Rendered safe

An explosion during Exercise TAZ TORNADO 2018, a Royal Canadian Air Force Exercise designed to practice render safe procedures and Explosive Ordnance Disposal at Jimmy Lake Range, Saskatchewan on November 5, 2018. AB Erica Seymour, 4 Wing Imaging

An explosion during Exercise TAZ TORNADO 2018, a Royal Canadian Air Force Exercise designed to practice render safe procedures and Explosive Ordnance Disposal at Jimmy Lake Range, Saskatchewan on November 5, 2018.
AB Erica Seymour, 4 Wing Imaging

CHRISTOPHER KING

Members from 4 Wing Cold Lake caught an explosive glimpse into the world of ordnance disposal last week as Exercise Taz Tornado (Ex TT) wrapped up at the Cold Lake Air Weapons Range. On Nov. 7, 2018, just over 30 members, civilian and military, took part in a familiarization event to demonstrate how weapons technicians, clearance divers, and combat engineers can safely dispose of, or make safe, explosives.

Master Corporal (MCpl.)Jonathan Boisvert, Air Weapons Technicians at 1 Air Maintenance Squadron, was on the two-week-long exercise and said the base regularly gets called out to deal with unidentified explosive ordnance (UXO) so it’s critical for them to train in a controlled environment before responding to real-life calls.

“We get a bunch of calls out of the base to deal with ordnance so it’s good to deal with it during this exercise before we have to go out to a call for live ordnance,” MCpl. Boisvert said.

MCpl. Boisvert added that he often trains with training-aids, and this exercise gave him the opportunity to see the effects of the explosives he works with.

The exercise is originated in the mid-90s as Ex Missile Sapper, and was created when the Canadian Armed Forces had to dispose of expired munitions, namely the AIM-7 Sparrow, a radar-controlled homing missile.

It was decided that while disposing of munitions, the military can practice Render Safe Procedures (RSP) while disposing of the expired munitions.

The Officer In Charge (OIC) of the exercise who cannot be named due to operational security concerns, said the disposal of expired munitions is a normal procedure in the military and the missiles are replaced with newly procured missiles.

“It was originally started in Cold lake because we had time expired missiles in the Air Force, and instead of just getting rid of them we found a use them in practicing RSP,” the OIC said.

This year’s exercise saw a wide variety of occupations attend to hone their skills in explosive ordnance disposal (EOD), including combat engineers, ammunition technicians, clearance divers, and air weapons systems technicians.

“People coming to the exercise are keeping up with their skills so when they do have to use them in Canada or overseas, they are familiar and have gained confidence in proven techniques from a controlled environment,” the OIC said.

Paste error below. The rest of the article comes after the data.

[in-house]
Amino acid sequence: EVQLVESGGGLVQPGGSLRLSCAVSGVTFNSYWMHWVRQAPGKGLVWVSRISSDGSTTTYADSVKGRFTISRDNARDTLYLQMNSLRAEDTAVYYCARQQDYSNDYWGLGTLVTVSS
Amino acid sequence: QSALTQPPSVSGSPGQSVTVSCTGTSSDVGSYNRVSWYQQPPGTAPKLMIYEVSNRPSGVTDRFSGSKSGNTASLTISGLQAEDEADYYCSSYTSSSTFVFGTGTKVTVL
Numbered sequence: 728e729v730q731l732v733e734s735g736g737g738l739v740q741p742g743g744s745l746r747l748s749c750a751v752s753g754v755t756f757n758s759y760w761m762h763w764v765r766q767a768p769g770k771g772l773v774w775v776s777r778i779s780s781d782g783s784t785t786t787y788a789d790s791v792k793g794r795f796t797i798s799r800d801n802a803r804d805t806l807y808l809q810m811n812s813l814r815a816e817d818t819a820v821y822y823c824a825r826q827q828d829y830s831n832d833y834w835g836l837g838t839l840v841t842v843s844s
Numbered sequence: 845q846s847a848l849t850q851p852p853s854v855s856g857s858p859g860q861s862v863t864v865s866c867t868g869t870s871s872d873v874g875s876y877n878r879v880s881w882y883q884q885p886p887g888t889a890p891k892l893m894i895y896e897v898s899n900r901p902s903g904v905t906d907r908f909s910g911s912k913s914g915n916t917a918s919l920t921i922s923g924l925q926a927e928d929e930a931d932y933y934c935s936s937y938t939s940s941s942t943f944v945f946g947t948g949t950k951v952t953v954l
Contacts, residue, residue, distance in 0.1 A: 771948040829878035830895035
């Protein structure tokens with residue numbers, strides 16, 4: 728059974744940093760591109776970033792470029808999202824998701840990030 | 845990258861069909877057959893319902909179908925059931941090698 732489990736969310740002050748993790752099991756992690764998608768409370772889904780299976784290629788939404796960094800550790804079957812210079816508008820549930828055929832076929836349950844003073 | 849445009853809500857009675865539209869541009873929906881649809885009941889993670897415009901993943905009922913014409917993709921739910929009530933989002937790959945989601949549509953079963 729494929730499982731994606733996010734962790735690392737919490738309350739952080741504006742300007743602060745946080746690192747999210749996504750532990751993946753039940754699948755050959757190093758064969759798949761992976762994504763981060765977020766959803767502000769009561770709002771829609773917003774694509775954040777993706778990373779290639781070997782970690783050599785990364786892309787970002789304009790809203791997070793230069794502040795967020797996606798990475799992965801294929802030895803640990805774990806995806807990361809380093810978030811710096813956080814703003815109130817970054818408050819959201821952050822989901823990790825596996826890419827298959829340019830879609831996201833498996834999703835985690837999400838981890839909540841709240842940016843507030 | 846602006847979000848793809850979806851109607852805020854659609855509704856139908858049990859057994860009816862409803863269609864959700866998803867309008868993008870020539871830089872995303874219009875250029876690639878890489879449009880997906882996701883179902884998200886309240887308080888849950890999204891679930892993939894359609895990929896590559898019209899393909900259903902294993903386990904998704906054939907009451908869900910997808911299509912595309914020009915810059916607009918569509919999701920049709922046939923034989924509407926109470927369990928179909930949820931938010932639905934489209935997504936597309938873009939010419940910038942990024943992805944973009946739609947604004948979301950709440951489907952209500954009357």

That controlled environment is what MCpl. Boisvert said gives him the comfort to be able to deal with explosives in a calm manner.

“I work with them almost every day, it has become second nature,” he said. “You have to be safe and know what you’re dealing with.”

Learning about ordnance disposal is something that Canadian Armed Forces (CAF) members deal with at home on a regular basis. Whether it’s Marine Location Markers (MLMs), war souvenirs from veterans that were forgotten, or simply a stash of ammunition that is abandoned in public, EOD qualified technicians are called to safely deal with the ordnance.

“People buy farms and may find ordnance that the previous owner had collected as a war souvenir,”
the OIC said. “There are different ways military ordnance gets into people’s hands and people don’t know what it is and we get called.”

For more information on UXO, visit canada.ca/en/department-national-defence/services/uxo/uxo-safety-tips.html

What to do if you find a UXO

1. Don’t touch it!
If disturbed, UXO can explode, causing death or injury. Do not touch it, move it, throw things at it or strike it with other objects.

2. Note the location and leave the area.
Remember where you saw the object. Go back the way that you came. If you see UXO from your vehicle, stay inside and back out. Prevent others from entering the area.

3. Call 911 or local police.
As soon as possible, call 911 or contact the local police. If you are working on the site, tell your manager what you found, where you found it and what you did.

This image has been altered due to OPSEC. Participants of Exercise TAZ TORNADO 2018, a Royal Canadian Air Force Exercise for Conventional Munitions Disposal practice render safe procedures through numerous scenarios at Jimmy Lake Range, Saskatchewan on November 5, 2018.  Photo:  AB Erica Seymour, 4 Wing Imaging

This image has been altered due to OPSEC. Participants of Exercise TAZ TORNADO 2018, a Royal Canadian Air Force Exercise for Conventional Munitions Disposal practice render safe procedures through numerous scenarios at Jimmy Lake Range, Saskatchewan on November 5, 2018.
Photo: AB Erica Seymour, 4 Wing Imaging
CK02-2018-0978-002

This image has been altered due to OPSEC. A participant of Exercise TAZ TORNADO 2018, a Royal Canadian Air Force Exercise for Conventional Munitions Disposal practices render safe procedures through numerous scenarios at Jimmy Lake Range, Saskatchewan on November 5, 2018.
Photo: AB Erica Seymour, 4 Wing Imaging
CK02-2018-0978-008

A participant of Exercise TAZ TORNADO 2018, a Royal Canadian Air Force Exercise for Conventional Munitions Disposal practices render safe procedures through numerous scenarios at Jimmy Lake Range, Saskatchewan on November 5, 2018.
Photo: AB Erica Seymour, 4 Wing Imaging
CK02-2018-0978-007